Is ISO/IEC 27001:2013 your new flexible friend?

With the release of ISO/IEC 27001:2013 on the 25 September 2013, there have definitely been differing opinions as to what is and what is not important about the new standard. Saying that, sitting at home one evening watching the latest episode of Continuum (yes, I am a sci-fi fan) it came to me. Flexibility! I realised that the core message of the new standard was flexibility:

  • The Plan-Do-Check-Act (PDCA) cycle is no longer mandated as the method to use, implement and continually improve an ISMS. Now you can select other continual improvement processes.
  • With regard to undertaking a risk assessment, the 2005 edition of the standard mandated an asset-based approach. Whilst you can still use this approach with the 2013 edition of the standard, you can also use a number of other approaches. Advice and guidance on suitable other approaches is given in ISO/IEC 31010.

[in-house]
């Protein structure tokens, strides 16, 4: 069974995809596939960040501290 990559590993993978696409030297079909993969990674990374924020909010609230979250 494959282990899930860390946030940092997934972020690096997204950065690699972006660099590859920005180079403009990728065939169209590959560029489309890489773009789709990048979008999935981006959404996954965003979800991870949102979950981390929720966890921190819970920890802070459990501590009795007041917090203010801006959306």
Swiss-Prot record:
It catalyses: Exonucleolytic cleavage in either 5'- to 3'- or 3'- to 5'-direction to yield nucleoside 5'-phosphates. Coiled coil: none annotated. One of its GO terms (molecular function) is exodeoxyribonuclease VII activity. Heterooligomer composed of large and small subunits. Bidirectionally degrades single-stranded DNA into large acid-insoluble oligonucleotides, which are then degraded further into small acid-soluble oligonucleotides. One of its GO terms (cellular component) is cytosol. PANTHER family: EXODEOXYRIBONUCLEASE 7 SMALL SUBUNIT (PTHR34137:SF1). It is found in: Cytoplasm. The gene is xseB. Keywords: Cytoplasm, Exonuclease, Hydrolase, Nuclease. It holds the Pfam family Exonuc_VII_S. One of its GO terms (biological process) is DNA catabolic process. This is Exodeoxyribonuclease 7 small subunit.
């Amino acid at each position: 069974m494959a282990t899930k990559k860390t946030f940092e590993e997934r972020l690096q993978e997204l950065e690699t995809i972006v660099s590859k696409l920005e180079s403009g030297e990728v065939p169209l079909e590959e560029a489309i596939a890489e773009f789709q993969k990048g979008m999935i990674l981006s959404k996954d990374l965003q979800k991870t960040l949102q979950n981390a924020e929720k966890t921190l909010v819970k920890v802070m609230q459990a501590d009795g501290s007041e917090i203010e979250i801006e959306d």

• In ISO/IEC 27001:2013 you can now select to use either the controls in Annex A of the standard or use your own or third-party controls.

Flexible-friend1

ISO/IEC 27001:2013 Your Flexible Friend

In all, the new edition of the standard is a lot more flexible; it allows you to employ methods that are more practical and efficient for your organisation. The standard now is finally something organisations can look to implement and certify against much more readily.

Being so flexible, the new standard reminds me of the Access credit card advert character from the 1980s. Could it now be argued that ISO/IEC 27001:2013 is your new ‘flexible friend’?

You can now buy a multiuser licence to ISO/IEC 27001:2013 and ISO/IEC 27002: 2013 from the IT Governance Webshop